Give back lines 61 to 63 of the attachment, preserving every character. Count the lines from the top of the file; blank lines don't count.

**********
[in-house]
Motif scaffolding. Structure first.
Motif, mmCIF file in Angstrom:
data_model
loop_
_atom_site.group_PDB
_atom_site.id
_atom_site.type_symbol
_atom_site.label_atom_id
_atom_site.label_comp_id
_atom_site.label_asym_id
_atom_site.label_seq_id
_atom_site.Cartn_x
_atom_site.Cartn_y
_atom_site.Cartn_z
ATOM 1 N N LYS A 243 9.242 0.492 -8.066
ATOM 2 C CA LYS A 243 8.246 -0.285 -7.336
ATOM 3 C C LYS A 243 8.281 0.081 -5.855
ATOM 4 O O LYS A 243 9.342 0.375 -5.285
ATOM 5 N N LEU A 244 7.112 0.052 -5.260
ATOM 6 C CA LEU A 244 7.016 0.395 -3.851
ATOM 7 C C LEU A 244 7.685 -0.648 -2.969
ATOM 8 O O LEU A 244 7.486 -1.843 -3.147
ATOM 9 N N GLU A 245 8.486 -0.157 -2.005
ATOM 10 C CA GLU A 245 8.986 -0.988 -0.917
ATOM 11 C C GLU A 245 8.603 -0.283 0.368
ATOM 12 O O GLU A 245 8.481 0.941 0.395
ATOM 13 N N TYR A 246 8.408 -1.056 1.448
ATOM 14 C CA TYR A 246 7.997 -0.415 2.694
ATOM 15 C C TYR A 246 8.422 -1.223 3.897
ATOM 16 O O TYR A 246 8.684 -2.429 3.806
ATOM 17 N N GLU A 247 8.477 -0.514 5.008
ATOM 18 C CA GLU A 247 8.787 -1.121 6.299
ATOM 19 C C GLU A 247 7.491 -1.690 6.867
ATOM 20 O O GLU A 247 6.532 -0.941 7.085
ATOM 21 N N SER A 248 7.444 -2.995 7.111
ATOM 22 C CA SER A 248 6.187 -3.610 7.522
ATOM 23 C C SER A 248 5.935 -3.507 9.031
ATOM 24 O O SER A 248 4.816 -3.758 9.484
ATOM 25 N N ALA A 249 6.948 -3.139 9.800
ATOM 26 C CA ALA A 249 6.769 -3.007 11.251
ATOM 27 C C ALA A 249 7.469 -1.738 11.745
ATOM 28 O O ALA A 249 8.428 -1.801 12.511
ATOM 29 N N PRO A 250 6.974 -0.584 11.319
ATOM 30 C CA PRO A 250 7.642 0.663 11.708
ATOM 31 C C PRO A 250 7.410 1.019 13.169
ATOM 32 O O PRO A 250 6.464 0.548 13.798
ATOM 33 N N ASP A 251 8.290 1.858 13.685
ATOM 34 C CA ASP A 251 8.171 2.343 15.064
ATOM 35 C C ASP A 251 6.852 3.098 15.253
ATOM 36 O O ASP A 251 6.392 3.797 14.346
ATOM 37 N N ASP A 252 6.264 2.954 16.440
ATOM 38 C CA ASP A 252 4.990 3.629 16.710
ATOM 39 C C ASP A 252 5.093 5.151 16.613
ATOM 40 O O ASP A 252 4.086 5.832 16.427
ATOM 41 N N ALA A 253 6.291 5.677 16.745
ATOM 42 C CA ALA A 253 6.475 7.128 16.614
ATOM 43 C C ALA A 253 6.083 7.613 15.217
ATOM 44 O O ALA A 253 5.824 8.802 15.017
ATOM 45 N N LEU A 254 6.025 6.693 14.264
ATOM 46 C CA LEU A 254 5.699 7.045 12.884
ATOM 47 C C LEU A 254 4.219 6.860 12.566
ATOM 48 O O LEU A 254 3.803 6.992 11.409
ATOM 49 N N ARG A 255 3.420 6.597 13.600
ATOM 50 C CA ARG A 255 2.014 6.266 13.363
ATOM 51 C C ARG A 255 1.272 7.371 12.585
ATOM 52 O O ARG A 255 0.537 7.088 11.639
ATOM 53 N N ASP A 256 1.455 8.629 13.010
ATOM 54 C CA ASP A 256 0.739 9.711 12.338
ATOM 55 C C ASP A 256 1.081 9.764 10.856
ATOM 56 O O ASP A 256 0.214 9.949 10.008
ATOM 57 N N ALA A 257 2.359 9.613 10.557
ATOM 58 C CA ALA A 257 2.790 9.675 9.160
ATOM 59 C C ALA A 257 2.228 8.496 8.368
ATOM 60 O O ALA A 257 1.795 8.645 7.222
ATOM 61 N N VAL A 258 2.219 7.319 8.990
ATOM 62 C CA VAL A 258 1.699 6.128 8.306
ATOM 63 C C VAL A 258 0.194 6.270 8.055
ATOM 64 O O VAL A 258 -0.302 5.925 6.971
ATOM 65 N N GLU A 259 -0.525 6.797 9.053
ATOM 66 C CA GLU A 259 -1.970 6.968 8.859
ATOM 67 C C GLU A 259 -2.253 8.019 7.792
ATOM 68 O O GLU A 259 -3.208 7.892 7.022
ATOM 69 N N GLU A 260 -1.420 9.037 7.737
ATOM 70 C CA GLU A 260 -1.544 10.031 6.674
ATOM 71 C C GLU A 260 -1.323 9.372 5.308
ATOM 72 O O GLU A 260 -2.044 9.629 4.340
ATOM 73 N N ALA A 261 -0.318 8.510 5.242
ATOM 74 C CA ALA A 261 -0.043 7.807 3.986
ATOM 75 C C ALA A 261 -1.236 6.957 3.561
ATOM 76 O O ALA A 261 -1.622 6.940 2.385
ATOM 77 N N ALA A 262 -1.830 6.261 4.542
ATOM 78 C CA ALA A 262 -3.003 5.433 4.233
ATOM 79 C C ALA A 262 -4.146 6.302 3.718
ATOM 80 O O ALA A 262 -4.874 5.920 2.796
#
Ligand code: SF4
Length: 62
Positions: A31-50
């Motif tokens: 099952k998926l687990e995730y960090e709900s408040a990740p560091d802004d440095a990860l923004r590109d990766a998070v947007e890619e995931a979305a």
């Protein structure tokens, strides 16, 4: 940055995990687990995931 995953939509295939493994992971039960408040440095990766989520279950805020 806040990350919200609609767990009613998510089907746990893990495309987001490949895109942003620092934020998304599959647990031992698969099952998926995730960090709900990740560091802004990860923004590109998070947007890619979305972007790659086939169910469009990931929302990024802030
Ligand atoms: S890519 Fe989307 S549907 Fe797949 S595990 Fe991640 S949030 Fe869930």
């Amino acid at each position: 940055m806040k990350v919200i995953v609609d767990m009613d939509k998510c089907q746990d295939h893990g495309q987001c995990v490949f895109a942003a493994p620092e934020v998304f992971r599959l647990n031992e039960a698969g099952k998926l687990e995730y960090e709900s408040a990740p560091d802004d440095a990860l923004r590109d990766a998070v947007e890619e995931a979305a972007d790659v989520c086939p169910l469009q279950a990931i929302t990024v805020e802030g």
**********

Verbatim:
ATOM 46 C CA LEU A 254 5.699 7.045 12.884
ATOM 47 C C LEU A 254 4.219 6.860 12.566
ATOM 48 O O LEU A 254 3.803 6.992 11.409